Mother’s Day is perfectly gorgeous here in western Massachusetts: perfect May weather. Our early lilacs are brightening up the landscape, and a few apple blossoms and daffodils remain.
In church this morning our minister, Cara, suggested everyone quietly name a mother who deserved remembering on this special day. I mentioned my mother, Jan (a.k.a. Taffy) and then heard my neighbor Alice softly say the name of her own mother.
Alice’s mother Mary Parker (whom we all called Gam) was a grandmother figure to all of us children in the neighborhood, one of the strong inspiring women of my youth. She was admirable, funny, and fierce.
Hearing that name made me think of so many other mother figures I celebrate today, including Gam.
I recalled my own grandmothers, Clara and Sarah, as well as my beloved aunts, Lura, Selma, and Connie.
I recalled my godmothers, Kay (who was named poet laureate of the state of Delaware) and Dody (who SHOULD have been named poet laureate of French film and key-lime pie). Both went to college with my mother.
I recalled my mother’s other close college chums—smart, fun women who taught me a lot about female friendship: Sylvia, Riley, Giff, and Bobby.
I recalled my mother’s other smart close friends: her partner in business, Claire; her partner in singing, Bobbie; and her partners in bridge and neighborhood gossip, Randy and Annie.
I also recalled some of the female teachers who have made a difference to me: Helen, who taught Sunday school and encouraged my personality (not that it needed a huge amount of encouragement); Bebe and Ma’am, my second- and fourth-grade teachers in two very different corners of the world; Penny, who taught me to play chords on the piano and to love music always; and Desley, Shelley, and Janet, who helped me survive graduate school.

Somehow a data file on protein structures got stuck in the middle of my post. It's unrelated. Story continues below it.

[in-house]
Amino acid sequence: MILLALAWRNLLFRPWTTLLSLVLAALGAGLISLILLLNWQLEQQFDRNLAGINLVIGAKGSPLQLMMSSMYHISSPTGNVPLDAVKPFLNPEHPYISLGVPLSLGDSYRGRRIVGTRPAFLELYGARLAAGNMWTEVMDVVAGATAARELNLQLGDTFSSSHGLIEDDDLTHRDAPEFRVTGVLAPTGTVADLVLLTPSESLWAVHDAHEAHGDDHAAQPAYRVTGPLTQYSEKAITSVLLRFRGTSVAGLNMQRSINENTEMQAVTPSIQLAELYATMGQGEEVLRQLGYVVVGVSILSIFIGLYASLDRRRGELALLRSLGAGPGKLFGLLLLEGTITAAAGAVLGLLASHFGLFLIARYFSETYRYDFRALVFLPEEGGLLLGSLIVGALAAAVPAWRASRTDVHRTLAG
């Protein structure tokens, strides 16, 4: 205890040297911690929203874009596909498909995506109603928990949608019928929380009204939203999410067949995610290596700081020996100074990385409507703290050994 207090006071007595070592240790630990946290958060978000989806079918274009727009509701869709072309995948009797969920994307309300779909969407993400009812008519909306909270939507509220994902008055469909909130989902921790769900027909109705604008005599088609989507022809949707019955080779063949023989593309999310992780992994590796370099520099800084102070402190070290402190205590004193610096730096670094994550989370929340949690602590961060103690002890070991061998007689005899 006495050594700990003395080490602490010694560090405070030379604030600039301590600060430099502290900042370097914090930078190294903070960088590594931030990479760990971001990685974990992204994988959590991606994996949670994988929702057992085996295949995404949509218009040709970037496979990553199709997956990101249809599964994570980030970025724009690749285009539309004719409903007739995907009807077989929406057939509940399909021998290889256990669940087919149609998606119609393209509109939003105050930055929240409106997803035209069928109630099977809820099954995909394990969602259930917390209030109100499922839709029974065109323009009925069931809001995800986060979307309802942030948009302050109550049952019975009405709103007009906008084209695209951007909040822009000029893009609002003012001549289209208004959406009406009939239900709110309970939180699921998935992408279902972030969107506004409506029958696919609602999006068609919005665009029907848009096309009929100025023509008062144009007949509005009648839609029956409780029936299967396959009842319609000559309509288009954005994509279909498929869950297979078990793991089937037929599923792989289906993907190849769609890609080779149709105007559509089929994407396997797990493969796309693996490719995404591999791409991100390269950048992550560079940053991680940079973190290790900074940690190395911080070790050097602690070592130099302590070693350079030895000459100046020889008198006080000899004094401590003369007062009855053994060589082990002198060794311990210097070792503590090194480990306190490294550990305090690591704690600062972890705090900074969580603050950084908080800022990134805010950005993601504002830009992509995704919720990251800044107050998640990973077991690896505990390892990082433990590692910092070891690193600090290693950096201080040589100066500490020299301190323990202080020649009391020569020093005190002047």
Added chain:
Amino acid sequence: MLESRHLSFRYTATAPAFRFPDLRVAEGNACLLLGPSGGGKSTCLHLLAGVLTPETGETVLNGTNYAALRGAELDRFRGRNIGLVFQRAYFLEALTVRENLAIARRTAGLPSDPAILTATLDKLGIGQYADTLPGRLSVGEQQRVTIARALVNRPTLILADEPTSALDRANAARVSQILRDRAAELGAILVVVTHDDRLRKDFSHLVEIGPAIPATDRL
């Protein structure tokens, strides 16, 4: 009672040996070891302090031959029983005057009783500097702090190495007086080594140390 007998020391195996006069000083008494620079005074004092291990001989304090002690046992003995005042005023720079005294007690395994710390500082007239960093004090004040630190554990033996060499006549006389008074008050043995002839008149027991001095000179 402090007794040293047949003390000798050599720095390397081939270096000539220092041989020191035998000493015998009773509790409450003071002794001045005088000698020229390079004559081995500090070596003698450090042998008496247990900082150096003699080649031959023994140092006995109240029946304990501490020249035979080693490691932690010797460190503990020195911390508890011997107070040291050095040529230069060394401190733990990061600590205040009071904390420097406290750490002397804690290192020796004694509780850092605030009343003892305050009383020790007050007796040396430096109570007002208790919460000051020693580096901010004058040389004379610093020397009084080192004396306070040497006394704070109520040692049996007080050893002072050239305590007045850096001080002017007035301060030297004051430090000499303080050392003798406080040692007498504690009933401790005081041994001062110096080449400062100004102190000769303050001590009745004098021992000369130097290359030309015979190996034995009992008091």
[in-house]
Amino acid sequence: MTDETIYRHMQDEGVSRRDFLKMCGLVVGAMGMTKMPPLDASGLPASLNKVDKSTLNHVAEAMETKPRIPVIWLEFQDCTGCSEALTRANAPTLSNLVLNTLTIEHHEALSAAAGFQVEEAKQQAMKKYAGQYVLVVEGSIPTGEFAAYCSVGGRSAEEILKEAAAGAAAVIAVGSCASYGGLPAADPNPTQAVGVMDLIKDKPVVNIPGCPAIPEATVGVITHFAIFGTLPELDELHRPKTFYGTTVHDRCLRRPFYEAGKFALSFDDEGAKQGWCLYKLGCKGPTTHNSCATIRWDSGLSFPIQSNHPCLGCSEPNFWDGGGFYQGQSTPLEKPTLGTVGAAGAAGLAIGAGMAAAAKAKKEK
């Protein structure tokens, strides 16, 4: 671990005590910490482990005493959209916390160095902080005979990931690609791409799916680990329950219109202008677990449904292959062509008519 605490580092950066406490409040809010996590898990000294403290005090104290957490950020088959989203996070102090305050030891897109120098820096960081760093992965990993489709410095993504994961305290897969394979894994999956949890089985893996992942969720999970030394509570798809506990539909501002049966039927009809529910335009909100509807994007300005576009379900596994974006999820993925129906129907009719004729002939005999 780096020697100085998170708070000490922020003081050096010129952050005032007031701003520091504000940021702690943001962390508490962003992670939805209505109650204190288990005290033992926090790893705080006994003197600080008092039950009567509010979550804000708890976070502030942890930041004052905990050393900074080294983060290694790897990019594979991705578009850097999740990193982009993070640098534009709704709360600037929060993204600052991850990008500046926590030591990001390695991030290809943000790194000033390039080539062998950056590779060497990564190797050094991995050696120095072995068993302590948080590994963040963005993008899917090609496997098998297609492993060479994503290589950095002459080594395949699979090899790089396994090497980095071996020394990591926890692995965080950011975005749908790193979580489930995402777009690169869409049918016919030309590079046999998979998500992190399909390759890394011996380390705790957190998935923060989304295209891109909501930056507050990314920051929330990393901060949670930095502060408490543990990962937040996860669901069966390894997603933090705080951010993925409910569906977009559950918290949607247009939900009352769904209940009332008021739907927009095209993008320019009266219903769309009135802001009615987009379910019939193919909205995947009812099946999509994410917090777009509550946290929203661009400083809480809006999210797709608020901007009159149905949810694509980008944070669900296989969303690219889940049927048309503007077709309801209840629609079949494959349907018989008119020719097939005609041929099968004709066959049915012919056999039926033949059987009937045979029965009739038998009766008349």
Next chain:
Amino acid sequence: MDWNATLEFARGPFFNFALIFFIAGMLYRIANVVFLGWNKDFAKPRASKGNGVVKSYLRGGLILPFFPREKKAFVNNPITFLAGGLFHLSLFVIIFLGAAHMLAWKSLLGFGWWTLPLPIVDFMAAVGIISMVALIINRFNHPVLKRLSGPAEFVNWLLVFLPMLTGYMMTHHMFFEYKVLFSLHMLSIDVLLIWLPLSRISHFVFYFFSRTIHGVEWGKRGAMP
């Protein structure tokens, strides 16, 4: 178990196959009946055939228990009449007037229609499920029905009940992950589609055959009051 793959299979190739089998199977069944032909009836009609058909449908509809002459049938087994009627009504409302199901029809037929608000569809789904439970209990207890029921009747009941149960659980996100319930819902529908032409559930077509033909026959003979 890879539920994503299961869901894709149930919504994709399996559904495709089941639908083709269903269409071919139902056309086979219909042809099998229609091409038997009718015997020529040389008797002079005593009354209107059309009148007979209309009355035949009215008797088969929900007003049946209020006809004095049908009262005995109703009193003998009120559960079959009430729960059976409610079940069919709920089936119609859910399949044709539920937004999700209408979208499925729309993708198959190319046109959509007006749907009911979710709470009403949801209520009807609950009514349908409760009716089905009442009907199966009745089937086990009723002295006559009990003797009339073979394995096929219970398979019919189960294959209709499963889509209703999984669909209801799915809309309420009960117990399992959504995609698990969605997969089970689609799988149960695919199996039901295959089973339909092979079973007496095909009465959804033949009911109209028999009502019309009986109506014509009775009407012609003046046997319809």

It made me sad to realize that of all of these women only a few survive. Most of the teachers are still around, and my Aunt Lura is still with us. My mother, our other relatives, and most of my mother’s friends (except for the redoubtable Claire and Bobbie) are gone.
Nevertheless, my overall feeling was and is one of celebration that I am lucky enough to have been cradled by so many remarkable women over the course of my life.
I hope to continue to find mother figures as I age. (Someday I will have to turn 40.) And I hope to serve as a surrogate mother to others in their life journeys.
I realize that most of my readers are busy celebrating Mother’s Day today—but if you’re reading this at any time please take a moment to leave a comment below naming a mother figure who has helped shape you.
Writing her name and recalling her influence on you will make you feel mothered all over again. I promise!
Happy Mother’s Day … today and every day.